The Rules of the Game: The cannabis industry is busy crafting the rules they will live by. The question is whether those rules will benefit the few or the many

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The idea that the “market knows best” is about on par with the idea that “Father Knows Best.” “Few ideas have more profoundly poisoned the minds of more people than the notion of a ‘free market,’” writes Robert Reich in his book (and Netflix film) Saving Capitalism: For the many, not the few.

His point is that viewing the so-called ‘free market’ as some naturally evolved neutral construct is not just pure fiction, it obscures what’s really going in shaping market structure, namely: A government-driven rulemaking process in collaboration with industry players that reflects society’s norms and values and, crucially, determines who gets to participate in the market and to what degree; i.e., it’s about choosing winners and losers.

And that’s exactly what’s taking place right now in the fastest growing market in the United States – medical & recreational cannabis.

The rulemaking discussion (above) between author & antitrust expert Matt Stoller and attorney Shaleen Title, a cannabis policy expert at the Ohio State University School of Law, focuses on what rules they think should be written in order to create a fair and inclusive cannabis market.

Title, for instance, says the number one trick corporations use to monopolize the cannabis market is to get states to limit the total number of business licenses they issue. That favors the already established players as they have the resources and connections to persuade authorities to grant them the limited number of licenses. The proper way to do it, she says, is to create a rule that limits the number of licenses per company, that way the large cap firm doesn’t get a leg up on small business, especially ones trying to enter the market.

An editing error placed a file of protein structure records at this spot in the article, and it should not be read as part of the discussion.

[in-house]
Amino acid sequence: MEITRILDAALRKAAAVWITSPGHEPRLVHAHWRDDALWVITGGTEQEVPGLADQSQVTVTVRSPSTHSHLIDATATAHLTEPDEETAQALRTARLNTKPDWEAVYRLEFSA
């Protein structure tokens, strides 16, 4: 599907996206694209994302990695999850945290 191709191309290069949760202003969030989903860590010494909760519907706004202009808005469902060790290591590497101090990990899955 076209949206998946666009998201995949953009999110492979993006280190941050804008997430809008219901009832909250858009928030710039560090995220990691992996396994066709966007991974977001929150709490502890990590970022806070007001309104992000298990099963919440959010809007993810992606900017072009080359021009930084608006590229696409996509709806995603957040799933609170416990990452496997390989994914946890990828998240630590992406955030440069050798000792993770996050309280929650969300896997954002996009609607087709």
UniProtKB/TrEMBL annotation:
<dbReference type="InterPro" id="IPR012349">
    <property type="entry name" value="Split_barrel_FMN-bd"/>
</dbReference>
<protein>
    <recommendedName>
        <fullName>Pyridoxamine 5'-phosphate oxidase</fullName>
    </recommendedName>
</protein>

Rules ensuring fair competition also affect our health. Just look at the track record, says Title, of the all too familiar transnationals whose self-interest has always trumped the public interest:

But the concern is when you look at tobacco or alcohol or pharma. When you have profits that are a primary concern and you have companies that are so big that it becomes difficult to regulate them then you see an incentive to make more people use your products and to worry more about your own profits than their health. And so there’s nothing unique about cannabis that could prevent, for example, the products from being manipulated to be more addictive or advertising that’s targeted to children.

As these large cap companies ready themselves to enter the fastest growing market in the country, the crucial question is whether we write the rules of the game for the benefit of the few or for the many. The answer will serve both as a window – into the nature of the industry we’re creating; and perhaps more telling, as a mirror – since the industry will show us what we value as a society it will also show us what kind of creatures we are.

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